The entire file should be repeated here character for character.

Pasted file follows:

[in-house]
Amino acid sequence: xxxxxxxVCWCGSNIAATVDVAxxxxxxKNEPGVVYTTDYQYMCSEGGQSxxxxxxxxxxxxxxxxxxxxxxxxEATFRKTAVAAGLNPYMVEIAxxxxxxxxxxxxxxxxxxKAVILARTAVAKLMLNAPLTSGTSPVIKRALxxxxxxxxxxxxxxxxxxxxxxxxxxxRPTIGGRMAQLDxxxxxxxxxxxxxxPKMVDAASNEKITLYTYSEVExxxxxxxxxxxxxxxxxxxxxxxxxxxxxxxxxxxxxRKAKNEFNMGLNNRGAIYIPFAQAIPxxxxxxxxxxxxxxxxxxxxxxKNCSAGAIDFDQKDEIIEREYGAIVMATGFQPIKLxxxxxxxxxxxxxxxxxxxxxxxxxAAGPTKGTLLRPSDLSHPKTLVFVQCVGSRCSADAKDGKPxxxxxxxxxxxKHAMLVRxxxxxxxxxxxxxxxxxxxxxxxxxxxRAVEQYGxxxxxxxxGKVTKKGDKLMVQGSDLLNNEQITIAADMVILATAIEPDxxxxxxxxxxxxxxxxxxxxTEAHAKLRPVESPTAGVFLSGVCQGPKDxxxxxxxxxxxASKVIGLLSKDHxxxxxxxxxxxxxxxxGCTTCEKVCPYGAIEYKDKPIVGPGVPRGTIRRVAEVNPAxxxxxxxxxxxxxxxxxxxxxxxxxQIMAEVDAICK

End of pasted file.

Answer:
[in-house]
Amino acid sequence: xxxxxxxVCWCGSNIAATVDVAxxxxxxKNEPGVVYTTDYQYMCSEGGQSxxxxxxxxxxxxxxxxxxxxxxxxEATFRKTAVAAGLNPYMVEIAxxxxxxxxxxxxxxxxxxKAVILARTAVAKLMLNAPLTSGTSPVIKRALxxxxxxxxxxxxxxxxxxxxxxxxxxxRPTIGGRMAQLDxxxxxxxxxxxxxxPKMVDAASNEKITLYTYSEVExxxxxxxxxxxxxxxxxxxxxxxxxxxxxxxxxxxxxRKAKNEFNMGLNNRGAIYIPFAQAIPxxxxxxxxxxxxxxxxxxxxxxKNCSAGAIDFDQKDEIIEREYGAIVMATGFQPIKLxxxxxxxxxxxxxxxxxxxxxxxxxAAGPTKGTLLRPSDLSHPKTLVFVQCVGSRCSADAKDGKPxxxxxxxxxxxKHAMLVRxxxxxxxxxxxxxxxxxxxxxxxxxxxRAVEQYGxxxxxxxxGKVTKKGDKLMVQGSDLLNNEQITIAADMVILATAIEPDxxxxxxxxxxxxxxxxxxxxTEAHAKLRPVESPTAGVFLSGVCQGPKDxxxxxxxxxxxASKVIGLLSKDHxxxxxxxxxxxxxxxxGCTTCEKVCPYGAIEYKDKPIVGPGVPRGTIRRVAEVNPAxxxxxxxxxxxxxxxxxxxxxxxxxQIMAEVDAICK